Anyone who has spent any time writing knows that the endeavor is a very solitary activity. When writing and submitting fiction to literary magazations, publishers or agents, there’s no immediate response. Often not even denial. Often there’s just the kind silence that hurts more than negativity.
This is going to be one of those self-help nonsense posts that sometimes pop up on here. I shouldn’t regret self-help. It’s really self-help for me, reminders and gentle nudges to change the way I look at each day. It’s important to consider each day a limited resource. There are …
I don’t believe in the 50,000 word total. I believe in struggling to find a measure of self-confidence however possible. To find a comfort level in your work that does not breed self-doubt. If that means you spew words as fast as possible without looking back, then by god, man, write like the wind. But if you’re like me, that word-spewing, that regurgitation of prose just doesn’t work anymore. It almost damages me. I write. I revise. I write. I’ve tried many different methods of composition and this is the one that works for me.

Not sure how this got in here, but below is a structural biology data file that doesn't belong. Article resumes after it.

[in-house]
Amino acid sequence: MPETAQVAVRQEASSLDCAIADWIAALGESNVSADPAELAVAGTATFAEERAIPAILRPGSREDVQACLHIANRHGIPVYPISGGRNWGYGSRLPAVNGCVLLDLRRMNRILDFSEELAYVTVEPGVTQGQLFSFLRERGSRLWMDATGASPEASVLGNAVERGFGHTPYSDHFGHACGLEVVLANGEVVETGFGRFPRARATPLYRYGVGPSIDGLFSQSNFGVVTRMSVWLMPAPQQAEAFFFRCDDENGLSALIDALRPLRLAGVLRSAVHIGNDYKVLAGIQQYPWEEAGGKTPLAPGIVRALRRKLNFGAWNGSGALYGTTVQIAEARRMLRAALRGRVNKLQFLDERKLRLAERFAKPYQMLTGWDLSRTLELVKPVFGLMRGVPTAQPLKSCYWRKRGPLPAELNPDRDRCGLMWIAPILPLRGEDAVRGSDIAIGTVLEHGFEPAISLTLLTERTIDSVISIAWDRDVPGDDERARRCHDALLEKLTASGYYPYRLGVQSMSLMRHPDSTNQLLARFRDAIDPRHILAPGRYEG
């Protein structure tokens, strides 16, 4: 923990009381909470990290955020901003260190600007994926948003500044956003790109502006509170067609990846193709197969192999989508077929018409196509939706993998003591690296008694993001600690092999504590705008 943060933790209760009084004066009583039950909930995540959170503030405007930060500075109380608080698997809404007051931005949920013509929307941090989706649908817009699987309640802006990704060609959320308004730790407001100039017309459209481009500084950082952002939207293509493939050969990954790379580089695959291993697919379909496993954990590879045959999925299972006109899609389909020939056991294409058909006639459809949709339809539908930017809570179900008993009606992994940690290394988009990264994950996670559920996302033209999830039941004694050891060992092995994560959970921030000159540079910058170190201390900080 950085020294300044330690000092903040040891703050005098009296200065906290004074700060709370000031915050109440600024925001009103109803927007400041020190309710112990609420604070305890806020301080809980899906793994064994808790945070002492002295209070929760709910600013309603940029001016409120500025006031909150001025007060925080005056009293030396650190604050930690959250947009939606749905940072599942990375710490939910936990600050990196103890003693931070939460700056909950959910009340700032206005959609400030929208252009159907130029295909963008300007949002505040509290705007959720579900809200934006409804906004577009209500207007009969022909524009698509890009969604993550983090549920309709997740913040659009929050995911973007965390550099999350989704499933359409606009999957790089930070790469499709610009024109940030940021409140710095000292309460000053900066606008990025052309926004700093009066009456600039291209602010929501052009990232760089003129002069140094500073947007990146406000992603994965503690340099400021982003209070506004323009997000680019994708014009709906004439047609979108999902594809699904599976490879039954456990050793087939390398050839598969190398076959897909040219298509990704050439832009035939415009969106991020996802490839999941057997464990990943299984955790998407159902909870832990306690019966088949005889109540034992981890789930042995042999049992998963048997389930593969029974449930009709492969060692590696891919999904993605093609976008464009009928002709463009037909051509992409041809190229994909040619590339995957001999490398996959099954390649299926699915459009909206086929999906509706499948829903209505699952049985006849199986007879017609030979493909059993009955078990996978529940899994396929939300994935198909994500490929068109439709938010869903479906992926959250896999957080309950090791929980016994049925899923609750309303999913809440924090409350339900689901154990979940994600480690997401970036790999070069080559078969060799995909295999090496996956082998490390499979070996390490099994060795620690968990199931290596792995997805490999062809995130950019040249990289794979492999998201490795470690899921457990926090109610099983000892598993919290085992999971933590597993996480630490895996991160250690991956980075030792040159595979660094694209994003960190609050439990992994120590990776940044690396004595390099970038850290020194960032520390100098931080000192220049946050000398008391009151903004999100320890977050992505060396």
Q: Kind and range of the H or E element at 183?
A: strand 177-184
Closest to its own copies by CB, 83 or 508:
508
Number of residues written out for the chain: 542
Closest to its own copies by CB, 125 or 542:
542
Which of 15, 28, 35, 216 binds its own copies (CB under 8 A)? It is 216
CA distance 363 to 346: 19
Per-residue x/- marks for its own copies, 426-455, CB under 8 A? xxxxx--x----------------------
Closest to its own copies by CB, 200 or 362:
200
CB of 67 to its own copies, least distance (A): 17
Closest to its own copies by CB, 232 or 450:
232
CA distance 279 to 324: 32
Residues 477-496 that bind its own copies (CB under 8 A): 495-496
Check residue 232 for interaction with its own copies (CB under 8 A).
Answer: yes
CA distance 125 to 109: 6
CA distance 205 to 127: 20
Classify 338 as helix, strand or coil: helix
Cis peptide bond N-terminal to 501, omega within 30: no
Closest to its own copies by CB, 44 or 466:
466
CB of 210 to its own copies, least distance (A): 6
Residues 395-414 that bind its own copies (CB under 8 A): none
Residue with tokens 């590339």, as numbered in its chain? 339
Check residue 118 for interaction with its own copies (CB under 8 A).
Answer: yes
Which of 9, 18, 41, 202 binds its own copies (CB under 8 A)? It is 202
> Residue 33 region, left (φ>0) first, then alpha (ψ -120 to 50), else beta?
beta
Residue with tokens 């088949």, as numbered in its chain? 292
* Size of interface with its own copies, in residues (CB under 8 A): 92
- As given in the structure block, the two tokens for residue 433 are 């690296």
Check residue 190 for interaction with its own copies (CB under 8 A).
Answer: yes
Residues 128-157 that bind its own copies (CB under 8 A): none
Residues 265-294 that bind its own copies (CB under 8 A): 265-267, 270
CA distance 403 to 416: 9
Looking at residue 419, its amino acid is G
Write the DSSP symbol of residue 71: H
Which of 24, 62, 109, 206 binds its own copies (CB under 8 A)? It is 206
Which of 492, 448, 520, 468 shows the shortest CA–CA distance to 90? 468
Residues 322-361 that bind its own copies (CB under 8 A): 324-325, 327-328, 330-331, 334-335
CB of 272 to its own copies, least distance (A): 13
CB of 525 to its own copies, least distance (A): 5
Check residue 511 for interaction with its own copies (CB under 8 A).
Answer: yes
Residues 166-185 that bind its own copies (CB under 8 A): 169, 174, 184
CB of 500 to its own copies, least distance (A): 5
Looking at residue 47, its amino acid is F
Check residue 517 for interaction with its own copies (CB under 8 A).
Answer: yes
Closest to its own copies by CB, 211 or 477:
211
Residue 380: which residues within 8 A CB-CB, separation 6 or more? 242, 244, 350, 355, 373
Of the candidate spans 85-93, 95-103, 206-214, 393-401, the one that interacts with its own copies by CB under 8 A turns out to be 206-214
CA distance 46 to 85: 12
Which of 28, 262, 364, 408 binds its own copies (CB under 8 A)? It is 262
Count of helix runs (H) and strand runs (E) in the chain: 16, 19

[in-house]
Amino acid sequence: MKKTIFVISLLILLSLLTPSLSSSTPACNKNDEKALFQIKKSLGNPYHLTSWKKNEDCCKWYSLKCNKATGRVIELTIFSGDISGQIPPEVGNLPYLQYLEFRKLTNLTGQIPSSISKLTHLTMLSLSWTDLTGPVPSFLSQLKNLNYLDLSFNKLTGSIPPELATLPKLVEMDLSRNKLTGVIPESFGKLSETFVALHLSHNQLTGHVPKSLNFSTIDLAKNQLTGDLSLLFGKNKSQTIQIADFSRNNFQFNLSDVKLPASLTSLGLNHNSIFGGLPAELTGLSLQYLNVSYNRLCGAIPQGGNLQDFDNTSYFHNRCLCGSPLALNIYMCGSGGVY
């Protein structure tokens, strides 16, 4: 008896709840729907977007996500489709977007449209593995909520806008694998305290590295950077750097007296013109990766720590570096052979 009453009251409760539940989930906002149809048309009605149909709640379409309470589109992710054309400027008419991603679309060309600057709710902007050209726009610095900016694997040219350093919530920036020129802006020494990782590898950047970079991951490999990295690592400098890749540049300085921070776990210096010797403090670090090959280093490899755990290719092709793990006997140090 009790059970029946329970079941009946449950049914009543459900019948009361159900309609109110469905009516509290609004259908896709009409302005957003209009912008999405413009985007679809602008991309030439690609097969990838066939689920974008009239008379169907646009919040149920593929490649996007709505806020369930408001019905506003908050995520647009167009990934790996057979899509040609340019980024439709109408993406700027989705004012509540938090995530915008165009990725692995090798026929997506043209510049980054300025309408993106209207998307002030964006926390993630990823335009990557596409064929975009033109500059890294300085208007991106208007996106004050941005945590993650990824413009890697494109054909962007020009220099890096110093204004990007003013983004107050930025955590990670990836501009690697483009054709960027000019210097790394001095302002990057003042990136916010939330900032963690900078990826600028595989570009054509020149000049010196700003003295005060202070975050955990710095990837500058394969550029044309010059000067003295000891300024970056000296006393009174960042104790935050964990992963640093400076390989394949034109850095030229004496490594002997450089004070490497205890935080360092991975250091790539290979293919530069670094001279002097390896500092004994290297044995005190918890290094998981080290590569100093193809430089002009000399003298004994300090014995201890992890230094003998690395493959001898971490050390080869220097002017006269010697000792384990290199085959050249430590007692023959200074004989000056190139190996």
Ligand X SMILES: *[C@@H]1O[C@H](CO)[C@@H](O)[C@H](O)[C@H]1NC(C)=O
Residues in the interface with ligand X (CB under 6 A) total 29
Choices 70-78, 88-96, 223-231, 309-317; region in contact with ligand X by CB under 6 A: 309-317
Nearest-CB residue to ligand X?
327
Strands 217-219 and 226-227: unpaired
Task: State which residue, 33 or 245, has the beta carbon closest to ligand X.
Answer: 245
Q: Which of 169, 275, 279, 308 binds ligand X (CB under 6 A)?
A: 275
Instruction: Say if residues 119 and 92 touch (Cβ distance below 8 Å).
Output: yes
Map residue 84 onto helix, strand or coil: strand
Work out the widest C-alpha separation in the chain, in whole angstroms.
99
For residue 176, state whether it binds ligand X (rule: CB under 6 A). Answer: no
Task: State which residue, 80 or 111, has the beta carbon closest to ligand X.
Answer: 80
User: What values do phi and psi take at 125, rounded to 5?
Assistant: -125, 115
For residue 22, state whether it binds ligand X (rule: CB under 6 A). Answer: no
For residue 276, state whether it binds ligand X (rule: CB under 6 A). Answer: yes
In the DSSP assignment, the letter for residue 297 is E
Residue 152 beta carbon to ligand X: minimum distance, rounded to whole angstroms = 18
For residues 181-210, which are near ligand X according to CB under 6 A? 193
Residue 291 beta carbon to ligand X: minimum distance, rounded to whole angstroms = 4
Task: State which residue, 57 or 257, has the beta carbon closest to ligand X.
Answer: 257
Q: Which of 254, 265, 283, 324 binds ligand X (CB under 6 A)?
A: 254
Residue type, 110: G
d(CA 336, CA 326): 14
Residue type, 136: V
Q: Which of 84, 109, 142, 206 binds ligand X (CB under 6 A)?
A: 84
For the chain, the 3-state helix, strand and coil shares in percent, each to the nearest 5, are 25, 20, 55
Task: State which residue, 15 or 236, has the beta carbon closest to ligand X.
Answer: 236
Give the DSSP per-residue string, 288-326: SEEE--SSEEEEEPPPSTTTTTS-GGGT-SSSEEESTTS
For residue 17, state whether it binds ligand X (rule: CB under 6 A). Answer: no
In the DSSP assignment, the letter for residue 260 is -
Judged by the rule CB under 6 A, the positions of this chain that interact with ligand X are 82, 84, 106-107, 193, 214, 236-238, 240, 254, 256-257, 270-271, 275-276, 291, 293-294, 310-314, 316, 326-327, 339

Lately I find myself looking over into that pit. And I’m becoming tired, tired of preventing myself from falling in.
A writer is told by pretty much everybody that a writer is only a writer if that writer writes. And if you read those so-called “craft” books, a writer can only be a writer if that writer writes at least two hours per day. More is encouraged. Less is, well, fine, if you want to [audibly scoff] write fan fiction. Pick up any copy of Poets & Writers or Writer’s Digest and you’ll find advice like this. It might be cloaked in encouraging exclamation points but, in the end, every piece of writerly encouragement boils down to this: Just sit down and write.